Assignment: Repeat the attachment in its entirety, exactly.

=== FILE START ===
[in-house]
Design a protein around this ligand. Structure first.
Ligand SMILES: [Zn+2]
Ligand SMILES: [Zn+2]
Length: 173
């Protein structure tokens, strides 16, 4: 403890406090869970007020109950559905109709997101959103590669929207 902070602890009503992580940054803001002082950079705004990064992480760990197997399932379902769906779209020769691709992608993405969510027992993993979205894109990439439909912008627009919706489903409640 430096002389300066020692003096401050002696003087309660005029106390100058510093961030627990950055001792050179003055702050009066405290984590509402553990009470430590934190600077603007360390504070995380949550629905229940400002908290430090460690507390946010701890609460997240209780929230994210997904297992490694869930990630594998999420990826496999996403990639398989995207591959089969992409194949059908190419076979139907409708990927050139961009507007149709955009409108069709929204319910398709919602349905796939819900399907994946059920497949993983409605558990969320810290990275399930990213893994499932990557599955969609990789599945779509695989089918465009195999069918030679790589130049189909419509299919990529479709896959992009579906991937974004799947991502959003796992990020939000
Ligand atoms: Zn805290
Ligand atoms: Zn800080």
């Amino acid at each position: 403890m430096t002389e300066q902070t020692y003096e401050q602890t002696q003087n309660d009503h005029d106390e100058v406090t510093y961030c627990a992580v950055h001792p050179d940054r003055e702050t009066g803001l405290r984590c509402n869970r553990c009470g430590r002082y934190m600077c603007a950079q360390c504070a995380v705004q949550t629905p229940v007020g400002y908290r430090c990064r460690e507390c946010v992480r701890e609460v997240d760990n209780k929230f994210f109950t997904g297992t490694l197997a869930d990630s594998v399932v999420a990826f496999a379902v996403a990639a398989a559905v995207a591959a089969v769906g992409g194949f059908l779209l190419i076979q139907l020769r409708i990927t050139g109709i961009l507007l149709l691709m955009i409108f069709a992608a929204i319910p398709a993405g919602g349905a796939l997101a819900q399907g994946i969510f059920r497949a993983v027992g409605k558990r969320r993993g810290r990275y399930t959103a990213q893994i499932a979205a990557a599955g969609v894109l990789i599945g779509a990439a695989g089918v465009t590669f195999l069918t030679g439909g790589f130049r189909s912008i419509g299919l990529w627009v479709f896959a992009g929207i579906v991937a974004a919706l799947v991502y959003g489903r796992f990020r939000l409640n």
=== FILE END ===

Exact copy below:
[in-house]
Design a protein around this ligand. Structure first.
Ligand SMILES: [Zn+2]
Ligand SMILES: [Zn+2]
Length: 173
């Protein structure tokens, strides 16, 4: 403890406090869970007020109950559905109709997101959103590669929207 902070602890009503992580940054803001002082950079705004990064992480760990197997399932379902769906779209020769691709992608993405969510027992993993979205894109990439439909912008627009919706489903409640 430096002389300066020692003096401050002696003087309660005029106390100058510093961030627990950055001792050179003055702050009066405290984590509402553990009470430590934190600077603007360390504070995380949550629905229940400002908290430090460690507390946010701890609460997240209780929230994210997904297992490694869930990630594998999420990826496999996403990639398989995207591959089969992409194949059908190419076979139907409708990927050139961009507007149709955009409108069709929204319910398709919602349905796939819900399907994946059920497949993983409605558990969320810290990275399930990213893994499932990557599955969609990789599945779509695989089918465009195999069918030679790589130049189909419509299919990529479709896959992009579906991937974004799947991502959003796992990020939000
Ligand atoms: Zn805290
Ligand atoms: Zn800080």
């Amino acid at each position: 403890m430096t002389e300066q902070t020692y003096e401050q602890t002696q003087n309660d009503h005029d106390e100058v406090t510093y961030c627990a992580v950055h001792p050179d940054r003055e702050t009066g803001l405290r984590c509402n869970r553990c009470g430590r002082y934190m600077c603007a950079q360390c504070a995380v705004q949550t629905p229940v007020g400002y908290r430090c990064r460690e507390c946010v992480r701890e609460v997240d760990n209780k929230f994210f109950t997904g297992t490694l197997a869930d990630s594998v399932v999420a990826f496999a379902v996403a990639a398989a559905v995207a591959a089969v769906g992409g194949f059908l779209l190419i076979q139907l020769r409708i990927t050139g109709i961009l507007l149709l691709m955009i409108f069709a992608a929204i319910p398709a993405g919602g349905a796939l997101a819900q399907g994946i969510f059920r497949a993983v027992g409605k558990r969320r993993g810290r990275y399930t959103a990213q893994i499932a979205a990557a599955g969609v894109l990789i599945g779509a990439a695989g089918v465009t590669f195999l069918t030679g439909g790589f130049r189909s912008i419509g299919l990529w627009v479709f896959a992009g929207i579906v991937a974004a919706l799947v991502y959003g489903r796992f990020r939000l409640n």